By Connor Thomas


Yesterday afternoon, the Sixers officially announced that newly acquired superstar point guard James Harden will remain out until after the NBA All-Star break.

It’s unfortunate for folks who have already purchased tickets to tonight’s game at the Wells Fargo Center against the Boston Celtics, and it’s unfortunate for the Sixers’ odds in their final two games before the all-star break in which they face the aforementioned Celtics (the hottest team in basketball right now), and the Milwaukee Bucks (the defending NBA champions). Dropping two games won’t do all that much to hurt the Sixers’ standing in a packed Eastern Conference playoff picture, but is there real reason to be concerned about Harden’s delayed debut in Philly?
Let’s take a look at the recent history of deadline/major midseason acquisitions by the Sixers and see if there is a trend to identify. Over the past 5 seasons, these are the players that have been traded for at or near the trade deadline by the 76ers:

James Harden, Paul Millsap
Ignas Brazdeikis, George Hill
Glenn Robinson III, Alec Burks
Tobias Harris, Boban Marjanovic, Mike Scott, Malachi Richardson, Emir Preldzic, James Ennis III, Jonathan Simmons
2018: Jimmy Butler, Justin Patton (Both traded on Nov. 12th, not at trade deadline)

That’s a total of 15 players acquired in major/deadline deals over the past 5 years, which gives us a solid sample size to start this study. Now, the question is this: how long did it take those players on average to play their first game in a Sixers uniform after being traded? Don’t worry, I did all the math and research for you. There are some interesting anomalies, showing that each debut is certainly not created equal. The last time the Sixers traded for a player with an injury designation at the deadline was last year when the team acquired George Hill. It took Hill 25 days to first see action in a Sixers uniform. This research also helped me discover one of the funniest basketball reference game logs of ever seen, which is that of Justin Patton, who was included in the Jimmy Butler trade back in 2018. Patton spent 76 games that season listed on an NBA roster, and 73 of those he was inactive, a wild number of nights off. Because of that, he wasn’t considered in the average. With Hill included, because Harden did have an injury designation before being traded, the average number of days between trade and debut over the past 5 seasons has been 5.2. By the time James Harden takes the floor, presumably in the Sixers first game after the all-star break, it will have been 15 days, 3 times the average amount of days for those other players.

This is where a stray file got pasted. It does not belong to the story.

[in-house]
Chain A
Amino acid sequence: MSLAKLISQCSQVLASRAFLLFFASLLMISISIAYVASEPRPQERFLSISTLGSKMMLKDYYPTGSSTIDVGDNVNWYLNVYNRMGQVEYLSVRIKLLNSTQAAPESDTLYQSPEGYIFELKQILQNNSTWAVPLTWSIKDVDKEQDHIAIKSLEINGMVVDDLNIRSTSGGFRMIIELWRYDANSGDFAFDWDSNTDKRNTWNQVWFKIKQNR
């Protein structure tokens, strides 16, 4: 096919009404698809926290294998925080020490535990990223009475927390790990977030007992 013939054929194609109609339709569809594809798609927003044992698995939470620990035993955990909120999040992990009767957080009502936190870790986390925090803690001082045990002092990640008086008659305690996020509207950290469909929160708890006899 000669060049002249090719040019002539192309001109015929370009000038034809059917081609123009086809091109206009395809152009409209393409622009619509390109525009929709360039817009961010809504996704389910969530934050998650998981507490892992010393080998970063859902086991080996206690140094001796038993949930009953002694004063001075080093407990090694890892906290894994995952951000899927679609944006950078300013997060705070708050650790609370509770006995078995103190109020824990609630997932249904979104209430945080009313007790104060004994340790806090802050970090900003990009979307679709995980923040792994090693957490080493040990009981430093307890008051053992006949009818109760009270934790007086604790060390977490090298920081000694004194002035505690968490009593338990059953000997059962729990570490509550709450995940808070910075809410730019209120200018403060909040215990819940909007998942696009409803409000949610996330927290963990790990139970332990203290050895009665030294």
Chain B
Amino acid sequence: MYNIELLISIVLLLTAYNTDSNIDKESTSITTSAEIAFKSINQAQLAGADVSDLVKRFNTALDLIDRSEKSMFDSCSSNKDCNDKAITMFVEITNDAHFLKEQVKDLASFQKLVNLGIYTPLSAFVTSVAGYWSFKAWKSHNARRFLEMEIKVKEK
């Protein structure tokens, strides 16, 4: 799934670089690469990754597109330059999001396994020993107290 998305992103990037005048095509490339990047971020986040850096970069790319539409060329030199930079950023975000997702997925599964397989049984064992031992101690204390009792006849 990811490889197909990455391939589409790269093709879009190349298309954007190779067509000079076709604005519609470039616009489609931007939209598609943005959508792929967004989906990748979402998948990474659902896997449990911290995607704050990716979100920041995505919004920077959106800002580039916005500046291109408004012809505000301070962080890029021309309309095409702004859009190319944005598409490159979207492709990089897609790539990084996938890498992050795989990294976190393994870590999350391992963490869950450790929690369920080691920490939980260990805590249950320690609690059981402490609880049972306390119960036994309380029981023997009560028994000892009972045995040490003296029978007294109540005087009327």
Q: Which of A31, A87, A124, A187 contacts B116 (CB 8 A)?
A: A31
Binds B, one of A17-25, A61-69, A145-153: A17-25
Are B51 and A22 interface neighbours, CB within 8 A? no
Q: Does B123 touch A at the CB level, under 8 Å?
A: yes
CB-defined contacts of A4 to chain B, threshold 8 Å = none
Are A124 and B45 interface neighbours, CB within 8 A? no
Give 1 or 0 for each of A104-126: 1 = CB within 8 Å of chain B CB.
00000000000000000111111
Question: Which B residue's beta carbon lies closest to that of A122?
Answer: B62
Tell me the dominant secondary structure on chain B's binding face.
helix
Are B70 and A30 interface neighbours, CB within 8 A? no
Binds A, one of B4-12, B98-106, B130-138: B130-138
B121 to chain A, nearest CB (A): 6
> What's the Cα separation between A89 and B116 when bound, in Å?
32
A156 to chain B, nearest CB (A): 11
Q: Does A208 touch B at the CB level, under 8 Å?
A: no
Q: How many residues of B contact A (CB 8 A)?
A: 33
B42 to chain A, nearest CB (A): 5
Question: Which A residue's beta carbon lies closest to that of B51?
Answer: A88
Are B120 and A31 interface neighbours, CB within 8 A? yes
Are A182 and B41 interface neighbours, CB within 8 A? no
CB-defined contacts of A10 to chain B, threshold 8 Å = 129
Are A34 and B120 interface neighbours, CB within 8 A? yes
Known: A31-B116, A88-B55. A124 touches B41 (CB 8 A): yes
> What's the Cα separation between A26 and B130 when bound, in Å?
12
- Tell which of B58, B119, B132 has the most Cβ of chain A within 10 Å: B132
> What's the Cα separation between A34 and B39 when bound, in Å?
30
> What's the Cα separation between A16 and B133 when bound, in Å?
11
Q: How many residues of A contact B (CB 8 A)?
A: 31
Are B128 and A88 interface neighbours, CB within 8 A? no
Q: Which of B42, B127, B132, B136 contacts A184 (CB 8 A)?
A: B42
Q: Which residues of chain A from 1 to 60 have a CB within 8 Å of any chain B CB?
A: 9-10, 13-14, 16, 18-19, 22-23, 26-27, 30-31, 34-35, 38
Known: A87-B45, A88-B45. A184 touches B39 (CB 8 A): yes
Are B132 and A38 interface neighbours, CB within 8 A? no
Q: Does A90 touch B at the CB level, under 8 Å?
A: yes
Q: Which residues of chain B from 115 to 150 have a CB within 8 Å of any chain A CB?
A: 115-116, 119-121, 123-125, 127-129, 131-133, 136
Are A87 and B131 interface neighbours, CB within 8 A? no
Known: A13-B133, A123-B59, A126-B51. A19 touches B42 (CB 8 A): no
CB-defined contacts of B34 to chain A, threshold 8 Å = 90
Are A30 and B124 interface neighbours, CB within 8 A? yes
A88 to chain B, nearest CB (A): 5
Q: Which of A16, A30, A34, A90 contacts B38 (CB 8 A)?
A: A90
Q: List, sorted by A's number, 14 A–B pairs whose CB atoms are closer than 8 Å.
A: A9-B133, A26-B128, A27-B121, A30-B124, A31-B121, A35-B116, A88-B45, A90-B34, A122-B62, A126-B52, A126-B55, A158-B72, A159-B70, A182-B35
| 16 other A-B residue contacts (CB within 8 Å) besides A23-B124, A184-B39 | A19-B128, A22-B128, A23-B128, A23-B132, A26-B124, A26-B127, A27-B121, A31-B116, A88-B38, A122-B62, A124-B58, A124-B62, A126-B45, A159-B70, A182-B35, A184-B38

In fairness to the situation, Harden does have to wait through the all-star break, which artificially inflates his number of days before he plays meaningful basketball for the Sixers. He has already said that he will not be participating in the all-star game, which could very well mean that this estimate number of days missed would have been accurate even without the break, but just for sake of argument, let’s remove the all-star break from the equation. That would still leave 8-9 days between trade and debut, which is a significant number. Tobias Harris only took 2 days. Jimmy Butler also took 2 days. Even Glenn Robinson III and Alec Burks, who were memed all over Sixers twitter for taking a long time to report to the team, made their debuts just 3 days after they were officially traded for. So, it is clear from the numbers that what is going on with James Harden is not typical of a player traded for at the deadline or during the season. The question now, then, is why is this situation different?

Both options are equally concerning in my opinion. The first is that James Harden’s hamstring injury, which was the listed reason as to why he sat out his final 4 games as a Brooklyn Net prior to the blockbuster trade to Philly, is more serious than what most people believed. That immediately raises red flags; no team wants to trade for a player that turns out to be damaged goods. Over the course of his career, Harden has been remarkably durable, but he is 32 now. If he is beginning to deteriorate, it causes concern for this year, and the potential huge extension that he could sign with the Sixers in the future. The second possible reason for the delay is that the Sixers would rather rest Harden extra games during the low-stakes regular season to make sure that he is plenty healthy come playoff time. It’s a typical NBA school of thought – that the regular season doesn’t matter – but that sets an awfully bold precedent for a franchise that hasn’t made it out of the 2nd round of the playoffs in 21 years. The argument that the 1 seed didn’t matter for last year’s Sixers because they ultimately lost to the Hawks is nonsensical. They had an easier path than any other team in the East, and just because they choked then, it doesn’t make that advantage any less important. Should there be a healthy level of concern with how the Sixers and Harden are handling this situation? Right now, only a slight level is needed, but it’s a situation worth monitoring. The margin for NBA Finals champions is razor thin, and the Sixers are dancing on that edge.